You’ve seen it on TV. You’ve seen it in books and magazines. Perhaps you’ve even seen it from several hundred yards away. But Jordan Osserman ’11 got to see the White House from a vantage point few get: from the inside.
With the help from a grant from the Rockefeller Center for Public Policy and Social Sciences, Osserman participated in the highly competitive internship program during his fall term. What he took away from the experience left an indelible mark on the power of public service.
See a short video produced by the White House Internship Program and featuring Jordan.
Q: What was your first day in the White House like?
A: I remember walking up the steps of the Eisenhower Executive Office Building, where our orientation was held, and feeling completely in awe -- this was a building that housed some of the most important and intelligent policy makers in the world, and most people would never be able to set foot in it their entire lives. Most of the day was spent learning about our responsibilities and the opportunities we would be offered throughout the internship.
Q: What was the application process like for the White House internship program?
A: The application (which is available on Whitehouse.gov) required two short essays, three letters of recommendation, and a resume. Applicants were asked to rank the offices in order of preference. A little while after I applied I received an e-mail requesting to schedule a phone interview, and then I got a phone call from the Media Affairs office, where I was ultimately hired.
Q: What was your workday like?
A: Primarily, my co-worker and I did media monitoring --searching the news for stories relevant to the administration. We also helped pitch interviews for members of the administration, calling TV and radio outlets throughout the country to set up short interviews with cabinet members on issues like health care and the H1N1 virus. Getting to say "Hi, I'm calling from White House Communications" was always a thrill and certainly caught the attention of the person on the line. Additionally, I helped the people in my office with various projects large and small, and took minutes during our morning meetings
Q: Did you get to meet any politicians or attend any events?
A: The White House Internship Program has a very extensive speaker series; every week we had a Q&A with at least one high-level member of the administration. I was lucky enough to be selected to introduce Rahm Emanuel (White House Chief of Staff) when he spoke to the interns, and got to chat with him one-on-one for a few minutes beforehand in the waiting room. I also attended a plethora of events at the White House. Some of the highlights include helping out in Michelle Obama's White House garden; attending one of the winter holiday parties; watching the President perform the annual Thanksgiving "Turkey Pardon;" and volunteering at Fiesta Latina, a concert outside the White House residence featuring top Latin Pop Stars.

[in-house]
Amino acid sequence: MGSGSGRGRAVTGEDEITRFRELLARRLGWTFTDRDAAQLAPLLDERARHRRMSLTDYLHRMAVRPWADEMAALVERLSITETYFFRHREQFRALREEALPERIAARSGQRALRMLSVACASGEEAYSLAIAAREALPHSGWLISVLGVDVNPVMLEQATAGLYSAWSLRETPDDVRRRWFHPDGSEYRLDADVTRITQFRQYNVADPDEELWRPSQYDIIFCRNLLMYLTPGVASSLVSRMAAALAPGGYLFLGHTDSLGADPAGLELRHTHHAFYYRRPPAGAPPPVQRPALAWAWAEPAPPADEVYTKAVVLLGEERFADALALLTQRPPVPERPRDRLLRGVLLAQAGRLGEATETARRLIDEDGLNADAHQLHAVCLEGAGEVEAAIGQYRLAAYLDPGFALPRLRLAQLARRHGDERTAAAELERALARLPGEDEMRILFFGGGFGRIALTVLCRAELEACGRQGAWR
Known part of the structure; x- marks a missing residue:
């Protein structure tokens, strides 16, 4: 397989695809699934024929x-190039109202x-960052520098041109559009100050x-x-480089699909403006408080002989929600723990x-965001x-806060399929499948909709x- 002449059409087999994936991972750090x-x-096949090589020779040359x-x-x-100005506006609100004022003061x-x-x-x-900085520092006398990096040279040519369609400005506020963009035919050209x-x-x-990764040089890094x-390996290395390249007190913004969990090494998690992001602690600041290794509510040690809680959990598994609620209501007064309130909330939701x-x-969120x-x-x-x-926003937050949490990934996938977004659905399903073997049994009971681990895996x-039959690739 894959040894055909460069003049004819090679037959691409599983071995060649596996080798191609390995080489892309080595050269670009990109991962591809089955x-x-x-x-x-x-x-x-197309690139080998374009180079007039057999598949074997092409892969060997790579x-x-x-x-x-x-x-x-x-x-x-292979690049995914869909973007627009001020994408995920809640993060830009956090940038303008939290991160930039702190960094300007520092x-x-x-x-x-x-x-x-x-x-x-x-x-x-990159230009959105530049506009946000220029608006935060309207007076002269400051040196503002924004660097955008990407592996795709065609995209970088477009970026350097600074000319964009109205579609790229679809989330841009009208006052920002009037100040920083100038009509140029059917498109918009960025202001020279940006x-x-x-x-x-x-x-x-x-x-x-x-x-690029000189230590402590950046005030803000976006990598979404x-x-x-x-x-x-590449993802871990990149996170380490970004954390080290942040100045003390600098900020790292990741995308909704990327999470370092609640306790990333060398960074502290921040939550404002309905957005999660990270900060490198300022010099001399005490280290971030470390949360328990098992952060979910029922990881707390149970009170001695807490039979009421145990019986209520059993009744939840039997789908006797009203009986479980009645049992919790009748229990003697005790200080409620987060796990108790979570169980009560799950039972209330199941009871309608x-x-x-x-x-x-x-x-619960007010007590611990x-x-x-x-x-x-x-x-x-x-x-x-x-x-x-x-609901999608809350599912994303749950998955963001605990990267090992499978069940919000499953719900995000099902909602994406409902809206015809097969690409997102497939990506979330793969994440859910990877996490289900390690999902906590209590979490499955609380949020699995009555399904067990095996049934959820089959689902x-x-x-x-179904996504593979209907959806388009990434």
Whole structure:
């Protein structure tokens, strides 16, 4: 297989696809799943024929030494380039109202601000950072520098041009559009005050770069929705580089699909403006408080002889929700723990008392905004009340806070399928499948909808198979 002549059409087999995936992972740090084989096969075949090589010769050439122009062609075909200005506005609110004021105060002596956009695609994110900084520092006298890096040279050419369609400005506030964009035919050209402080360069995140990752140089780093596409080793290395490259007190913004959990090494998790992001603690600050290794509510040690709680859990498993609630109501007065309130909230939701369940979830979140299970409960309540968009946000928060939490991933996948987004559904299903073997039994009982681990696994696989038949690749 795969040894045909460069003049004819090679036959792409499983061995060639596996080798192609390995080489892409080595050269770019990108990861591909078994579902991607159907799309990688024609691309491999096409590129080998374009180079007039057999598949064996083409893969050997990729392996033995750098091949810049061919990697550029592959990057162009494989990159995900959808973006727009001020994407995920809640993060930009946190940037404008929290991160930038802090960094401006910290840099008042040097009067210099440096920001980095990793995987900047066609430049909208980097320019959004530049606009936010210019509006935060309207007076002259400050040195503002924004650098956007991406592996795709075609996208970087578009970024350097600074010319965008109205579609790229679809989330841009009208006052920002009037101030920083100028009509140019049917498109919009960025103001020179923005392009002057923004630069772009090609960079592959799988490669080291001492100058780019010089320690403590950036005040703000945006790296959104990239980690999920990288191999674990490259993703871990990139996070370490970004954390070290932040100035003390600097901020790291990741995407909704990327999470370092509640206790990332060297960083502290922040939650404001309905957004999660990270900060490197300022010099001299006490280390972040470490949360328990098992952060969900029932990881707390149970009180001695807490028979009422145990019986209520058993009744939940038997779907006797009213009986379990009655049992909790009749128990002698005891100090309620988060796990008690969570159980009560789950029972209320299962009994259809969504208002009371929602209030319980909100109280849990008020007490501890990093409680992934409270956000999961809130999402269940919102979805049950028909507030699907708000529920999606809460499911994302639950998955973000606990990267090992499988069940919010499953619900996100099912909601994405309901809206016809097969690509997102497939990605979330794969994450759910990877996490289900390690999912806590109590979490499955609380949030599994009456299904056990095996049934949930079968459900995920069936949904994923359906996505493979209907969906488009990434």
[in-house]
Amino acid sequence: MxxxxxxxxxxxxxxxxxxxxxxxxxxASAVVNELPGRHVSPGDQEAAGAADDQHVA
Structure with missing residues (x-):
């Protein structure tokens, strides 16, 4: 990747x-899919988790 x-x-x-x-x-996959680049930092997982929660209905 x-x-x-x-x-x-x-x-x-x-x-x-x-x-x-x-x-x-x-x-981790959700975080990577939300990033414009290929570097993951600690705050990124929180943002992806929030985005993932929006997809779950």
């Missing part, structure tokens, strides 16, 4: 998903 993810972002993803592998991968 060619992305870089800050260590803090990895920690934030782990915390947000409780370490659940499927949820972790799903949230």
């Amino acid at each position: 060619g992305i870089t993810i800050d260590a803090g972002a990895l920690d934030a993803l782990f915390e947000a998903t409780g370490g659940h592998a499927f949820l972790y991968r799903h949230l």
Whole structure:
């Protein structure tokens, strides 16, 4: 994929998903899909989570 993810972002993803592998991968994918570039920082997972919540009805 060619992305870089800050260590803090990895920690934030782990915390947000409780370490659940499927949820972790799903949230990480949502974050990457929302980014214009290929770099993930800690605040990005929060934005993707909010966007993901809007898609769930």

The program also has an extensive community service component. Once a week, interns served as volunteer tutors at local DC high schools, providing support and mentorship for underprivileged students as well as encouraging them to apply for the White House internship themselves.
Q: What did you learn while you were there?
A: I gained a real feel for the complexity and difficulty of governance and the insane amount of work that each staff member puts into a single day in the office, often without great recognition. I also gained an appreciation for the sheer brain power and talent of all of the members of the administration -- it's truly inspiring to see the dedication, passion and brilliance at work in everyone in the White House.
Q: What's the number one thing people want to know when you tell them you were a White House intern?
A: They all want to know if I met the President -- and the answer is yes, we all had a chance to meet him during an intern group photo.